die "Can't read 'readme' and take write-lock: $ErrStr\n";
    fsopen(FH2, 'writeme', 'w', SH_DENYRW) or
        die "Can't write 'writeme' and take read/write-lock: $ErrStr\n";

    # Open files a la C open()/Perl sysopen(), but with mandatory file locking:
    use Win32::SharedFileOpen qw(:DEFAULT $ErrStr);
    sopen(FH1, 'readme', O_RDONLY, SH_DENYWR) or
        die "Can't read 'readme' and take write-lock: $ErrStr\n";
    sopen(FH2, 'writeme', O_WRONLY | O_CREAT | O_TRUNC, SH_DENYRW, S_IWRITE) or
        die "Can't write 'writeme' and take read/write-lock: $ErrStr\n";

    # Retry opening the file if it fails due to a sharing violation:
    use Win32::SharedFileOpen qw(:DEFAULT :retry $ErrStr);
    $Max_Time      = 10;    # Try opening the file for up to 10 seconds
    $Retry_Timeout = 500;   # Wait 500 milliseconds between each try
    fsopen(FH, 'readme', 'r', SH_DENYNO) or
        die "Can't read 'readme' after retrying for $Max_Time secs: $ErrStr\n";

    # Use a lexical indirect filehandle that closes itself when destroyed:
    use Win32::SharedFileOpen qw(:DEFAULT new_fh $ErrStr);
    {
        my $fh = new_fh();
        fsopen($fh, 'readme', 'r', SH_DENYNO) or
            die "Can't read 'readme': $ErrStr\n";
        while (<$fh>) {
            # ... Do some stuff ...
        }
    }   # ... $fh is automatically closed here

=head1 DESCRIPTION

This module provides Perl emulations of the Microsoft C library functions
C<_fsopen()> and C<_sopen()>.  These functions are counterparts to the standard
C library functions C<fopen(3)> and C<open(2)> respectively (which are already
effectively available in Perl as C<open()> and C<sysopen()> respectively), but
are intended for use when opening a file for subsequent shared reading and/or
writing.

The C<_fsopen()> function, like C<fopen(3)>, takes a file and a "mode string"
(e.g. C<'r'> and C<'w'>) as arguments and opens the file as a stream, returning
a pointer to a C<FILE> structure, while C<_sopen()>, like C<open(2)>, takes an
"oflag" (e.g. C<O_RDONLY> and C<O_WRONLY>) instead of the "mode string" and
returns an C<int> file descriptor (which the Microsoft documentation confusingly
refers to as a C runtime "file handle", not to be confused here with a Perl
"filehandle" (or indeed with the operating-system "file handle" returned by the
Win32 API function C<CreateFile()>!)).  The C<_sopen()> and C<open(2)> functions
also take another, optional, "pmode" argument (e.g. C<S_IREAD> and C<S_IWRITE>)
specifying the permission settings of the file if it has just been created.

The difference between the Microsoft-specific functions and their standard
counterparts is that the Microsoft-specific functions also take an extra
"shflag" argument (e.g. C<SH_DENYRD> and C<SH_DENYWR>) that specifies how to
prepare the file for subsequent shared reading and/or writing.  This flag can be
used to specify that either, both or neither of read access and write access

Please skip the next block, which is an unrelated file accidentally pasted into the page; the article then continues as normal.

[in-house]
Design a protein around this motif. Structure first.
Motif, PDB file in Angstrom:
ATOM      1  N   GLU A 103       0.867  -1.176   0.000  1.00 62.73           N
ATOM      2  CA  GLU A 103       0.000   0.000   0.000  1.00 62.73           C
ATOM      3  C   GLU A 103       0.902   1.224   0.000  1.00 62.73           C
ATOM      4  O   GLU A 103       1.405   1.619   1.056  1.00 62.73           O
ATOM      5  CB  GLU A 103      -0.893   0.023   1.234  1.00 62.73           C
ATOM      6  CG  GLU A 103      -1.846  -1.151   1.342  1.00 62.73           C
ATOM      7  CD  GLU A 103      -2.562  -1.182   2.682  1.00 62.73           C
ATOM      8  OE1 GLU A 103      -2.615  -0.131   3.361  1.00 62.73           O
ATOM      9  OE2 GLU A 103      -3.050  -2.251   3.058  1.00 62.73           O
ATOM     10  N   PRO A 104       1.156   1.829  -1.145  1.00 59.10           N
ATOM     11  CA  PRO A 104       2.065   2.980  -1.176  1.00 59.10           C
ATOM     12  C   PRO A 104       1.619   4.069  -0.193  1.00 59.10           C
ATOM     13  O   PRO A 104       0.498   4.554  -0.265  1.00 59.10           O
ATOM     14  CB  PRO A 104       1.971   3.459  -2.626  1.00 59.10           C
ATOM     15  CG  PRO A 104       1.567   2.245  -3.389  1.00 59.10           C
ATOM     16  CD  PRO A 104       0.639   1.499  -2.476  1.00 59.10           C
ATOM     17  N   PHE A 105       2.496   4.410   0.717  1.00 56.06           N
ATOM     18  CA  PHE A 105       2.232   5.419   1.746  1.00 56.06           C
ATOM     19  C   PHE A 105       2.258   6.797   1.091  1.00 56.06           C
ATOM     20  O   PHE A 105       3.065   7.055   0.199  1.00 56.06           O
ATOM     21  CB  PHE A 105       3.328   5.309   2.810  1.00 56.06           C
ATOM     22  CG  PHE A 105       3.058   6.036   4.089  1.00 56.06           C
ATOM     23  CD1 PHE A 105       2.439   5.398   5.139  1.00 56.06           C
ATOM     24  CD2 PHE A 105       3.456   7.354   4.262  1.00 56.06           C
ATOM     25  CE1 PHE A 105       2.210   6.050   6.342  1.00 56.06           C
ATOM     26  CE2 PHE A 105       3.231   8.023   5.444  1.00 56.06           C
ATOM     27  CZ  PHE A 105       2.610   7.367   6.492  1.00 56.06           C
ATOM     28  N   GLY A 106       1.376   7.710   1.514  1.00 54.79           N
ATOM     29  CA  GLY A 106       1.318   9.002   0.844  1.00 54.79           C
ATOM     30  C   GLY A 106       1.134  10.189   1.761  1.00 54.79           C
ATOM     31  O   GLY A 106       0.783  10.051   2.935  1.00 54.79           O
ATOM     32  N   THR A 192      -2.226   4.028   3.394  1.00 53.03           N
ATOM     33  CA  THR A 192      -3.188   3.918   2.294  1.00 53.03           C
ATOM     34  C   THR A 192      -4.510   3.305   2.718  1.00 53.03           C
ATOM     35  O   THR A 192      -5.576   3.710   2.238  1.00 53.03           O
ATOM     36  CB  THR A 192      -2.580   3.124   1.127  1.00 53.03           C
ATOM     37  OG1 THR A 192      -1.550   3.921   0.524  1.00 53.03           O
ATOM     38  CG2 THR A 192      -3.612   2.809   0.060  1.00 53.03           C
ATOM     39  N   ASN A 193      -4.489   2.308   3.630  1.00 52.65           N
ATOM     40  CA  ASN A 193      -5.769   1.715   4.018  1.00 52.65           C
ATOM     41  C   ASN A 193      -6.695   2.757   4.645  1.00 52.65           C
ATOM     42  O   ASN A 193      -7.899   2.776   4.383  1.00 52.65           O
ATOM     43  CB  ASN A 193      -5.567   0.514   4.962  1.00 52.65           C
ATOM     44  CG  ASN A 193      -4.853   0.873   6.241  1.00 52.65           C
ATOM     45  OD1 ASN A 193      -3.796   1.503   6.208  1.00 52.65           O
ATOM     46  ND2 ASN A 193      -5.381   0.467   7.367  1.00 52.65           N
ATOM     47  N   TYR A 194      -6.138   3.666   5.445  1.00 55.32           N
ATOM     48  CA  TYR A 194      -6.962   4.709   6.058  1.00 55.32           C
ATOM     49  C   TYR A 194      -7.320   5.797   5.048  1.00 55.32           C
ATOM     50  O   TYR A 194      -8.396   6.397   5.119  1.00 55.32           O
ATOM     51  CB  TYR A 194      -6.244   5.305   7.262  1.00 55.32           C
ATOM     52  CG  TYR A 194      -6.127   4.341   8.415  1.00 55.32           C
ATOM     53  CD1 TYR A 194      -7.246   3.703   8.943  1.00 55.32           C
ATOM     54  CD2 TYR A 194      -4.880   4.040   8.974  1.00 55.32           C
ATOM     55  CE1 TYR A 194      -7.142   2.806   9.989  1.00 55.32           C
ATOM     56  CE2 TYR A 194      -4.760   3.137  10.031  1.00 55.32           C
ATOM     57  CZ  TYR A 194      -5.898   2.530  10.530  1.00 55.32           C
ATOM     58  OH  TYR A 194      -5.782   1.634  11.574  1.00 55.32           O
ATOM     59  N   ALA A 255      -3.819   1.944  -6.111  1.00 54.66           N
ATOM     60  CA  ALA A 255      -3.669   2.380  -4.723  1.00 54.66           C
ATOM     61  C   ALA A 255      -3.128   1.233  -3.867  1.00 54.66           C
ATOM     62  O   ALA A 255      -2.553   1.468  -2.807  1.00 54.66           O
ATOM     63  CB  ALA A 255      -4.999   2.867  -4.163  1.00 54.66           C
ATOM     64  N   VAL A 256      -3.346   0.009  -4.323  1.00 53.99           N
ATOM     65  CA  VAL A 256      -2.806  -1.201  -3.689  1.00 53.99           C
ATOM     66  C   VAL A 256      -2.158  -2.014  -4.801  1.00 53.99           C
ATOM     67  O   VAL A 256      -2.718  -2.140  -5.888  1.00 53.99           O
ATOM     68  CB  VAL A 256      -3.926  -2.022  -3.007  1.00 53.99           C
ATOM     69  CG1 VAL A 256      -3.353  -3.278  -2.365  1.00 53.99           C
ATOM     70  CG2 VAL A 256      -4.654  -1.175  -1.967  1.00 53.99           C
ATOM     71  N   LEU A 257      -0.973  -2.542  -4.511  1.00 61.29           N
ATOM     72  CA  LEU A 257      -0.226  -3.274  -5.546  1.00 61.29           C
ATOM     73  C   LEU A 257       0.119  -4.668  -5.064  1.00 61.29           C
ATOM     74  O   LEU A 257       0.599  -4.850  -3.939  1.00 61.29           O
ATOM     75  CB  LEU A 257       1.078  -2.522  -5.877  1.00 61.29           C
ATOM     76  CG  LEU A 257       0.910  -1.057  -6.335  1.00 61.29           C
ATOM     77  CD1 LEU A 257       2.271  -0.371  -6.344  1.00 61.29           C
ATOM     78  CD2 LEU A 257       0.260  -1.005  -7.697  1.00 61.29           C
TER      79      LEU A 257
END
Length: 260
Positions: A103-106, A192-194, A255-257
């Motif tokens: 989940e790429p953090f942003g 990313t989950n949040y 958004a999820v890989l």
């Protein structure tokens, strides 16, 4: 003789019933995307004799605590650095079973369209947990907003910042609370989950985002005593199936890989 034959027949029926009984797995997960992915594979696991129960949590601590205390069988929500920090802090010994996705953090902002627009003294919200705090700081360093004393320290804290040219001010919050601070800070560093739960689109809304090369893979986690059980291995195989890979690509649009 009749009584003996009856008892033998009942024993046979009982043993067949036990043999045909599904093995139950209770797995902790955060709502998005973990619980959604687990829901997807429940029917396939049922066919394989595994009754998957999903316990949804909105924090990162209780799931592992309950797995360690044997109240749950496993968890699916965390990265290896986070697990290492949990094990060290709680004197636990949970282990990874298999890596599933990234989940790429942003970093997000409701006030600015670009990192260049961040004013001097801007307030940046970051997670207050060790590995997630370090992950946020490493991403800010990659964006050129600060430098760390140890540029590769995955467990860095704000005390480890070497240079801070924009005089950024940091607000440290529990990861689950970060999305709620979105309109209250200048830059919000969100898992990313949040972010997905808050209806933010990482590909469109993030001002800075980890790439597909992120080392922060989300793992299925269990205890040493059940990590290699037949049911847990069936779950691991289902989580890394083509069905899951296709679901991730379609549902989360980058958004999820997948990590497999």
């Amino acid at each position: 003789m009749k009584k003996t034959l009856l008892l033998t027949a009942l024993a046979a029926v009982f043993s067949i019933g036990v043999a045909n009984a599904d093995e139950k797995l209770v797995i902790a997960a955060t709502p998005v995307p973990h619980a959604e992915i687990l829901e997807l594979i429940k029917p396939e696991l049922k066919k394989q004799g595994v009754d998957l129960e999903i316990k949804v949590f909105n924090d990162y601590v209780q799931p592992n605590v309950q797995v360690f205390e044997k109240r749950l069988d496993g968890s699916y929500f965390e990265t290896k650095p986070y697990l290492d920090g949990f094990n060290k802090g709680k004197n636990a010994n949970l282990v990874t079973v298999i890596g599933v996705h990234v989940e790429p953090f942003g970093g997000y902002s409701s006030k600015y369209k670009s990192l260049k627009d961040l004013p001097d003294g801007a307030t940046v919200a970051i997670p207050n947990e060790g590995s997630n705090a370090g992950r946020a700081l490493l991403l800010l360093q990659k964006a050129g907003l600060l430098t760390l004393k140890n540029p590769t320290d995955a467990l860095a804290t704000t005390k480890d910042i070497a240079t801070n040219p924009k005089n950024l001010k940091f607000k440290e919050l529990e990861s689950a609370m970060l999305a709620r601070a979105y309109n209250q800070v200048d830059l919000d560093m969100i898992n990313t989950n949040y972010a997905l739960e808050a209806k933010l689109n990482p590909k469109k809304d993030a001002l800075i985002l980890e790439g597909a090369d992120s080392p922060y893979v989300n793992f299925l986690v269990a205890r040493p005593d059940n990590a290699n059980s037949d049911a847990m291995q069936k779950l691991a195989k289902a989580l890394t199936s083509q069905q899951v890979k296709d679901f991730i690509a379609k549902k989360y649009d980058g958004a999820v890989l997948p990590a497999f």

will be denied to other processes sharing the file.

This share access control is thus effectively a form a file-locking, which,
unlike C<flock(3)> and C<lockf(3)> and their corresponding Perl function
C<flock()>, is I<mandatory> rather than just I<advisory>.  This means that if,
for example, you "deny read access" for the file that you have opened then no
other process will be able to read that file while you still have it open,
whether or not they are playing the same ball game as you.  They cannot gain
read access to it simply by not honouring the same file opening/locking scheme
as you.

This module provides straightforward Perl "wrapper" functions, C<fsopen()> and
C<sopen()>, for both of these Microsoft C library functions (with the leading
"_" character removed from their names).  These Perl functions maintain the same
formal parameters as the original C functions, except for the addition of an
initial filehandle parameter like the Perl built-in C<open()> and C<sysopen()>
functions have.  This is used to make the Perl filehandle opened available to
the caller (rather than using the functions' return values, which are now simple
Booleans to indicate success or failure).

The value passed to the functions in this first parameter can be a
straightforward filehandle (C<FH>) or any of the following:

=over 4

=item *

a typeglob (either a named typeglob like C<*FH>, or an anonymous typeglob (e.g.
from C<gensym()> or C<new_fh()> in this module) in a scalar variable);

=item *

a reference to a typeglob (either a hard reference like C<\*FH>, or a name like
C<'FH'> to be used as a symbolic reference to a typeglob in the caller's
package);

=item *

a suitable IO object (e.g. an instance of IO::Handle, IO::File or FileHandle).

=back

These functions, however, do not have the ability of C<open()> and C<sysopen()>
to auto-vivify the undefined scalar value into something that can be used as a
filehandle, so calls like "C<fsopen(my $fh, ...)>" will C<croak()> with a
message to this effect.

The "oflags" and "shflags", as well as the "pmode" flags used by C<_sopen()>,
are all made available to Perl by this module, and are all exported by default.
This module will only build on "native" (i.e. non-Cygwin) Windows platforms, so
only the flags found on such systems are exported, rather than re-exporting all
of the C<O_*> and C<S_I*> flags from the Fcntl module like, for example,